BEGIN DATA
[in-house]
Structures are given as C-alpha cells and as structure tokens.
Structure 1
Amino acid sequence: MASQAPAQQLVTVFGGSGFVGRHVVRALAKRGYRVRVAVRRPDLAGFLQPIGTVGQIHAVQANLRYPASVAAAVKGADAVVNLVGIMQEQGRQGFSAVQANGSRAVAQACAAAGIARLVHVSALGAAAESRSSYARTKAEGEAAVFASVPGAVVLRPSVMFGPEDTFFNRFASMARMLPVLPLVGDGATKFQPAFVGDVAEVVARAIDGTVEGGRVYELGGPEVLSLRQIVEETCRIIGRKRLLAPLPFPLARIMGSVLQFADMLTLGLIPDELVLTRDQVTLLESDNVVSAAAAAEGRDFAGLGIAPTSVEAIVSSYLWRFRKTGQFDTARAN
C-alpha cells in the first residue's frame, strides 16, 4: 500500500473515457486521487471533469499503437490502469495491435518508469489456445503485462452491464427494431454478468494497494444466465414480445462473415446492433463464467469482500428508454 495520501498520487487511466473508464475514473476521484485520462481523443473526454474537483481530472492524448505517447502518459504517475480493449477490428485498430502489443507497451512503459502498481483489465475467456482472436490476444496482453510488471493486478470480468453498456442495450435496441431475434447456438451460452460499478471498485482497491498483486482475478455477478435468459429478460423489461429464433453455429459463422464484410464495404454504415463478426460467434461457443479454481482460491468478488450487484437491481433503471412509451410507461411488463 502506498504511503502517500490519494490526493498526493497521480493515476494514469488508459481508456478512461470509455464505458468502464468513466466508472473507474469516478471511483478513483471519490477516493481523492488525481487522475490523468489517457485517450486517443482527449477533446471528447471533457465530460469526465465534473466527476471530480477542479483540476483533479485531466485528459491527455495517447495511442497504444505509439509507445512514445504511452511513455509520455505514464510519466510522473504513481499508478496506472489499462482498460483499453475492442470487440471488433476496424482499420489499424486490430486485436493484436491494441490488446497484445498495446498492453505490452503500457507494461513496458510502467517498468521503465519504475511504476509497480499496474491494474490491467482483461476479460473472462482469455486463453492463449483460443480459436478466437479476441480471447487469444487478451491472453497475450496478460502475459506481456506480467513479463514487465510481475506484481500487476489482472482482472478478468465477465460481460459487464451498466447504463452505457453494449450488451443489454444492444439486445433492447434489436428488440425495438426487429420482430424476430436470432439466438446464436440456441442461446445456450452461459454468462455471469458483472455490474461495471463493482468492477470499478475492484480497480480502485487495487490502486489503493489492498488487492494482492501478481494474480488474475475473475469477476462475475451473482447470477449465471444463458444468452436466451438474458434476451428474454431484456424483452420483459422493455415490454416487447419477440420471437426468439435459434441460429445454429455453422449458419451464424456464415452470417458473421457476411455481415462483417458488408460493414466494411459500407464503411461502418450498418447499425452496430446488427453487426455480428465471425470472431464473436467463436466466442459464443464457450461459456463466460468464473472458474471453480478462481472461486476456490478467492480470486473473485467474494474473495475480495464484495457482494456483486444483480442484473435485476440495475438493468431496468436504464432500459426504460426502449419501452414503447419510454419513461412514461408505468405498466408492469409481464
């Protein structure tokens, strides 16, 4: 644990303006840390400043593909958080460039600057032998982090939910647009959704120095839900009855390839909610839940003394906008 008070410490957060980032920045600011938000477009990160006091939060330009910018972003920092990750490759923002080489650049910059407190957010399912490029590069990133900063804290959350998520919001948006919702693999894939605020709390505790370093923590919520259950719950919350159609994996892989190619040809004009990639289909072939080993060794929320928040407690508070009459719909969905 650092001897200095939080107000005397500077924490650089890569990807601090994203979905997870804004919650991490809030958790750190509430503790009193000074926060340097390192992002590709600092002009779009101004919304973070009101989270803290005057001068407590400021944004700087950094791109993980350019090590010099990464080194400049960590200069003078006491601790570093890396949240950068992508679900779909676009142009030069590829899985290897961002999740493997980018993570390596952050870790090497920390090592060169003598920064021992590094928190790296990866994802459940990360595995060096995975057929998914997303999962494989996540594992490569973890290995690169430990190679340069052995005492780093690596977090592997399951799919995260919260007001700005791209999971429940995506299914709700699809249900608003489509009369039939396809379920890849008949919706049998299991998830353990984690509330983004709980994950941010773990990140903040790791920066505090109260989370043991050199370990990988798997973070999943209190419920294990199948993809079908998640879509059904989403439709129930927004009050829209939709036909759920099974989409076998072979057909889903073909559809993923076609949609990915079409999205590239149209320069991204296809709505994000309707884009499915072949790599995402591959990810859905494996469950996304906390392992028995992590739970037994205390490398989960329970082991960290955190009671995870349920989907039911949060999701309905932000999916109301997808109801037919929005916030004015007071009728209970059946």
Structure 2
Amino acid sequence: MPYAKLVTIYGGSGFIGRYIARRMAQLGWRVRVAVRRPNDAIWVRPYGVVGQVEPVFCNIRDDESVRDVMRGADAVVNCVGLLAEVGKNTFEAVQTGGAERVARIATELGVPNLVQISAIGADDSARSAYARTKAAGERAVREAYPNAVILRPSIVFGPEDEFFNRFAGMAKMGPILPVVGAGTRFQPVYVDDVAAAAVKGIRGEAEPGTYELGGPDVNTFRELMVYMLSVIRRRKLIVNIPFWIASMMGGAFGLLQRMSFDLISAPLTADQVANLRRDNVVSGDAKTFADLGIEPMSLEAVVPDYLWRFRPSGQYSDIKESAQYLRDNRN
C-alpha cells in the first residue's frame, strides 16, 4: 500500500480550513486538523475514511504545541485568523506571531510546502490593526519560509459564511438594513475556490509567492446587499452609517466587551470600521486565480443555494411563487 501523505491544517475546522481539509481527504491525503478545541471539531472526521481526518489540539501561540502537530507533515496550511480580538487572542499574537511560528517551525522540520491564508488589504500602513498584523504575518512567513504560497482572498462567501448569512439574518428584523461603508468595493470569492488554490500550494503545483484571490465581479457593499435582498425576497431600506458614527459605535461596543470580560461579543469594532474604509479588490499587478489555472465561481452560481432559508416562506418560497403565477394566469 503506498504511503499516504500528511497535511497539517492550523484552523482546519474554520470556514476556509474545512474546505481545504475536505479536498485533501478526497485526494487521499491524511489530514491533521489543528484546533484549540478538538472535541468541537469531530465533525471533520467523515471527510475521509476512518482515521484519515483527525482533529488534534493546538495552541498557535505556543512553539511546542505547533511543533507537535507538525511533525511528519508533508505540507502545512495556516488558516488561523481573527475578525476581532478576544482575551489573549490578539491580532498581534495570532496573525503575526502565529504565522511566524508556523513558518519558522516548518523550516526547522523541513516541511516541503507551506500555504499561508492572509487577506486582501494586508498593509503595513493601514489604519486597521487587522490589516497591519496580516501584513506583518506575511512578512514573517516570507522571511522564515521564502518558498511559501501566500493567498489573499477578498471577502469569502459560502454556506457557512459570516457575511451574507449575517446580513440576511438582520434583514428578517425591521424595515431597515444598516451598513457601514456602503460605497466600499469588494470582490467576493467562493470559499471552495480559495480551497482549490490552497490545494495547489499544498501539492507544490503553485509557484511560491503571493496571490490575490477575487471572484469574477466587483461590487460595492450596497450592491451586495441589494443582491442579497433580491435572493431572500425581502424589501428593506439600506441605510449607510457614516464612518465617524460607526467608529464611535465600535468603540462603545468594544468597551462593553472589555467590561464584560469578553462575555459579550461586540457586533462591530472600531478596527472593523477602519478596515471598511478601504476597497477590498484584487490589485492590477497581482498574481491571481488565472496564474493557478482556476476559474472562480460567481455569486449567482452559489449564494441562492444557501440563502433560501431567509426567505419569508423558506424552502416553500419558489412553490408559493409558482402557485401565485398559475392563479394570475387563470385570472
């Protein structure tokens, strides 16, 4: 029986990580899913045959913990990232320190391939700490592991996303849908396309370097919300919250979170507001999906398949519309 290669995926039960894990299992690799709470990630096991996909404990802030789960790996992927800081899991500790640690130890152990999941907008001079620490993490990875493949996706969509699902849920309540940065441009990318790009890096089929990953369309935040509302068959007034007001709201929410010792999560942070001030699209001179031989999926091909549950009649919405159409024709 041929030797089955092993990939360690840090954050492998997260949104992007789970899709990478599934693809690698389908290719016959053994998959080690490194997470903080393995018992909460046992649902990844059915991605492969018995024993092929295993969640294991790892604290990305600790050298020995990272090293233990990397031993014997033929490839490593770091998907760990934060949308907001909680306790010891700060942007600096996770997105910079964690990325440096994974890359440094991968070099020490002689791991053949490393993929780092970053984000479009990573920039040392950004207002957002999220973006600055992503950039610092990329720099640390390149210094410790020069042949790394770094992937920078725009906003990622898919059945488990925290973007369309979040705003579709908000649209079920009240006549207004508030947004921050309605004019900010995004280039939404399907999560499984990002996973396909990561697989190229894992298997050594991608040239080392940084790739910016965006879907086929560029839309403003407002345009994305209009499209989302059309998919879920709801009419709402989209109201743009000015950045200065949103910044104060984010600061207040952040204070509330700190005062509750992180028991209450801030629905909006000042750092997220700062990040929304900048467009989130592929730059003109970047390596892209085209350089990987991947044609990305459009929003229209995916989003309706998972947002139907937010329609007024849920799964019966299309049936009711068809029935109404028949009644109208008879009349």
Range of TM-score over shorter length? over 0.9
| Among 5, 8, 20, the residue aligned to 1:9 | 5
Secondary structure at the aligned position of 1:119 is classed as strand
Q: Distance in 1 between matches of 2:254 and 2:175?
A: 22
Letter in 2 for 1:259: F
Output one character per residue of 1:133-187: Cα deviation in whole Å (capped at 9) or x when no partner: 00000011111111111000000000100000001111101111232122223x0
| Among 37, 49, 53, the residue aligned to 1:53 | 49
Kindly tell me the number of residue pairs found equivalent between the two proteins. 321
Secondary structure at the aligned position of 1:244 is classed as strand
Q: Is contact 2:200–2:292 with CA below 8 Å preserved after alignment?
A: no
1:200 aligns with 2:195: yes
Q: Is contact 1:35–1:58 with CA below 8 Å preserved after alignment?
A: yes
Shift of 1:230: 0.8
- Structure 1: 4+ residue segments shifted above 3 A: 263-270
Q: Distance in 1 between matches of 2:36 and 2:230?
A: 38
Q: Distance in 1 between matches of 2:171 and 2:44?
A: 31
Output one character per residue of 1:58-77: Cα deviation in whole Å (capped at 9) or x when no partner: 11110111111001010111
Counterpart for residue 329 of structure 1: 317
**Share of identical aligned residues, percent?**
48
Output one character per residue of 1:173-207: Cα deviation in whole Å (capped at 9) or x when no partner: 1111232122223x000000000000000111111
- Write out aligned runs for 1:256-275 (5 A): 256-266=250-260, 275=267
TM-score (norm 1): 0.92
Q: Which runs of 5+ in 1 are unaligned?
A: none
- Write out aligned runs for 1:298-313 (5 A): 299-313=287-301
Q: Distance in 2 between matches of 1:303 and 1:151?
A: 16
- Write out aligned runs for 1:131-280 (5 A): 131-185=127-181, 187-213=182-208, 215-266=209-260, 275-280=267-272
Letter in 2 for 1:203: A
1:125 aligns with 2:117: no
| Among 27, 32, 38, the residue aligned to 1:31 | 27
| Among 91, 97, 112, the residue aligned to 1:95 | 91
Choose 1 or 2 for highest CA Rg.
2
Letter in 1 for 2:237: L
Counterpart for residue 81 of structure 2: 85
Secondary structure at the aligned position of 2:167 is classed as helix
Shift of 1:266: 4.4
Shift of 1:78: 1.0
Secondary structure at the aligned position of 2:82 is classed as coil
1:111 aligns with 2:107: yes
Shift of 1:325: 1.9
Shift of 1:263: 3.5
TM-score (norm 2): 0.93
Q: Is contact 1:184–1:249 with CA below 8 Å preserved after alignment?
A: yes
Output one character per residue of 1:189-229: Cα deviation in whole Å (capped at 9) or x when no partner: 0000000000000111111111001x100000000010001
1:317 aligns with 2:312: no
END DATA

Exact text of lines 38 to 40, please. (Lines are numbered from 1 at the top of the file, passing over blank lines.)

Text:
TM-score (norm 1): 0.92
Q: Which runs of 5+ in 1 are unaligned?
A: none